In, 2008 Le Centre d'Etude de la Vie Politique (CEVIPOL) published a study using exit polling data following the 2007 Belgian federal election.[14] The study found that among Muslims in Brussels, 42.3% voted for the Socialist Party, 16.7% for the Humanist Democratic Centre, 14.7% for the Reformist Movement and 12.2% for Ecolo. The study also concluded that religiosity among Muslims did not have "a strong impact on their voting behaviour." In addition, the variable related to religious belonging or practice was not enough to explain the vote of the Muslim electorate. Other determining factors related to an often relatively low socioprofessional status, age (more than half of the Muslims interviewed were under age 34) and level of education (lower than the average of the other groups) were more integral to the firm attachment to the political left.[15]

A 2009 study published the journal, Brussels Studies, concluded secondary school students in Brussels of Moroccan and Turkish origin showed a tendency to vote for the Socialist Party.[15]

A September 2016 iVOX survey asked Belgian Muslims in Brussels and Flanders how they would vote in a hypothetical 2016 Belgian federal election. In Flanders, 26.8% of Muslims would vote for the Socialist Party Differently, 16.4% for Groen, 7.3% for the Workers' Party of Belgium, 6.9% for Christian Democratic and Flemish, and 6.9% for the New Flemish Alliance.[16] In Brussels, 14.2% of Muslims would vote for Ecolo, 13.3% for the Socialist Party, 5.0% for the Reformist Movement, 4.2% for the People's Party, and 3.3% for the Humanist Democratic Centre.[17]

A September 2016 iVOX survey of Belgian Muslims found that 53% agreed with the statement: "I have no issues with homosexuality." Approximately 30% disagreed with the statement while the rest refused to answer or were unsure.[18]

Islam party

In 2012, a new political party named "ISLAM" was established with four candidates, which at the local elections of 2012 gained 2 seats, in the Molenbeek and Anderlecht districts of Brussels.[19][20] Its goals are an Islamic state. Its policies include men and women to be separated on public transport, schools to be forced to offer halal meat and forcing the wearing of headscarves.[21] Its policy is to replace the civil and penal laws of Belgium with Sharia law.[22] In the local elections of 2018, the party lost its Molenbeek seat after winning less than 2 percent of votes there[23] while its list in Anderlecht was ruled out, leaving the party with no more councillors.[24]

Religious infrastructure

In 1974, Islam was recognised as one of the subsidised religions in Belgium and the Muslim Executive of Belgium was founded in 1996. In 2006, the government gave €6.1 million (US$7.7 million) to Islamic groups.[11] There are an estimated 328[11]–380[25] mosques in the country.

In 2017, the Belgian department of justice commenced an investigation into the finances of mosques in Belgium and stated this was a priority.[26]



Over a hundred antisemitic attacks were recorded in Belgium in 2009, a 100% increase from the year before. The perpetrators were usually young males of immigrant Muslim background from the Middle East. In 2009, the Belgian city of Antwerp, often referred to as Europe's last shtetl, experienced a surge in antisemitic violence. Bloeme Evers-Emden, an Amsterdam resident and Auschwitz survivor, was quoted in the newspaper Aftenposten in 2010: "The antisemitism now is even worse than before the Holocaust. The antisemitism has become more violent. Now they are threatening to kill us."[27]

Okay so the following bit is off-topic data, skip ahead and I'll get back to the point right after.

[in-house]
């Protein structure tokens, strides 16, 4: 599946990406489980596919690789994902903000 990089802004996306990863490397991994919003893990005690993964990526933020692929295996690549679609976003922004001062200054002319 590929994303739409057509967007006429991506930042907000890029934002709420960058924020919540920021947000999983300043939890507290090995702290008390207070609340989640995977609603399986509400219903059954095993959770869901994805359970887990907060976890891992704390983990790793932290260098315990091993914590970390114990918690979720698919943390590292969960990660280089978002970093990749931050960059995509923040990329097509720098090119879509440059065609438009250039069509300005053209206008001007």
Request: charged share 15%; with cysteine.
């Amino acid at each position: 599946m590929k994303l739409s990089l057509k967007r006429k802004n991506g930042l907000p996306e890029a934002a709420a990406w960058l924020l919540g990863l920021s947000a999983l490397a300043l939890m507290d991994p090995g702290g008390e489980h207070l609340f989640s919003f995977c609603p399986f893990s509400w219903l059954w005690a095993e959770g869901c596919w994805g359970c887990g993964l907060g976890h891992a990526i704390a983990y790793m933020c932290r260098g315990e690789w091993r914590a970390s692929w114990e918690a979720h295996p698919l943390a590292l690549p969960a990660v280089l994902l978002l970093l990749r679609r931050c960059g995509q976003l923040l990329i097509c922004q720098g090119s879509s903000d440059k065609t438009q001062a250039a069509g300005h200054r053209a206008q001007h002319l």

A 2011 study of elementary school children in on Dutch-language schools in Brussels by a Belgian sociologist showed that about 50 percent of Muslim students in second and third grade could be considered anti-Semites, versus 10% of others.[28]

The increased frequency of antisemitic attacks started in May 2014, when four people were killed in a shooting at the Belgian Jewish Museum in Brussels.[29] Two days later, a young Muslim man entered the CCU (Jewish Cultural Center) while an event was taking place and shouted racist slurs.[30] A month later, a school bus in Antwerp, that was driving 5-year-old Jewish children was stoned by a group of Muslim teens.[31] Towards the end of August 2014, a 75-year-old Jewish woman was hit and pushed to the ground because of her Jewish-sounding surname.[32]


Brussels in 2013

In December 2004, the Belgian government said it was considering a ban on the wearing of any conspicuous religious symbols for civil servants.[25]

In June 2005, the Antwerp court of appeal ruled that it was outside the jurisdiction of the state to determine whether Islam requires women to wear a headscarf and that girls in public schools have the right to do so. However, the school board also has the authority to restrict that right for organisational reasons, or for the good functioning of the school, though it must justify any such restrictions.[citation needed]

At the end of 2005, approximately twenty municipalities had issued a ban on walking the streets completely veiled. In a few cases women were fined €150 (US$190) for ignoring the ban.[citation needed] Under a 1993 executive order, persons in the streets must be identifiable. A veil which does not completely cover the body is however allowed.[citation needed]

Two Belgian Muslim women, Samia Belcacemi and Yamina Oussar, challenged a 2011 veil ban, asserting the law infringed on their freedom of religion. Both women said they voluntarily wore the niqab. In 2017, the European Court of Human Rights found that Belgium's ban on clothes that partially or fully cover the face in public was legal under the European Convention on Human Rights, "necessary in a democratic society," and that the law tried to protect "the rights and freedoms of others." In response to the upholding of the law, Belcacemi told the court that she continued to wear the niqab after it was banned but had eventually stopped because she could not afford fines or jail time. Ousser told the court that she had decided to stay at home and not go out in public anymore following the ban.[33]